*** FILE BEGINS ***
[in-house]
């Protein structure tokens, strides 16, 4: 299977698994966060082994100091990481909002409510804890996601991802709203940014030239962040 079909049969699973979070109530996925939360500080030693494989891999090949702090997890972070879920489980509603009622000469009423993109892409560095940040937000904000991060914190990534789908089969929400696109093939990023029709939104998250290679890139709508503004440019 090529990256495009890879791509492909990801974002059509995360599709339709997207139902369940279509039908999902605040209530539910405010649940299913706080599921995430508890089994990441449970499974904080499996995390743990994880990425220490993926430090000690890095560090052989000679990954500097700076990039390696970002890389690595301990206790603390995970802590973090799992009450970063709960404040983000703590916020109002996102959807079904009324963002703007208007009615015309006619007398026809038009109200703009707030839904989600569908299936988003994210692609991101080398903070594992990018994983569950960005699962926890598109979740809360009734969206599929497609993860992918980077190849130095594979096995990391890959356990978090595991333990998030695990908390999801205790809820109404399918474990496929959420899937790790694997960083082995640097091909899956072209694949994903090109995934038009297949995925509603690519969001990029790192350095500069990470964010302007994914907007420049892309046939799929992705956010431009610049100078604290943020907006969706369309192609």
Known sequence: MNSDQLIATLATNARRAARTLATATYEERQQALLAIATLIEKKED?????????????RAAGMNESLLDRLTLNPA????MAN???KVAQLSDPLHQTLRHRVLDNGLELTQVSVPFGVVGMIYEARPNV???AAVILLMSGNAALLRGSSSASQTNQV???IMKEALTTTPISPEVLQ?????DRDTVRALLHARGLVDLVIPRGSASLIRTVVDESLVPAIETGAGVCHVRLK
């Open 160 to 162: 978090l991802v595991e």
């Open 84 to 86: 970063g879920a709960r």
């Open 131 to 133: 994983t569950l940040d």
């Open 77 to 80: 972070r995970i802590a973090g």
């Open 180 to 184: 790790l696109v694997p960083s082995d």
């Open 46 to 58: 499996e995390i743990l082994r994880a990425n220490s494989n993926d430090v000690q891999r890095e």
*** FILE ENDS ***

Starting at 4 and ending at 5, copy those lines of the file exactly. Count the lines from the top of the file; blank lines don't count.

């Open 160 to 162: 978090l991802v595991e």
């Open 84 to 86: 970063g879920a709960r």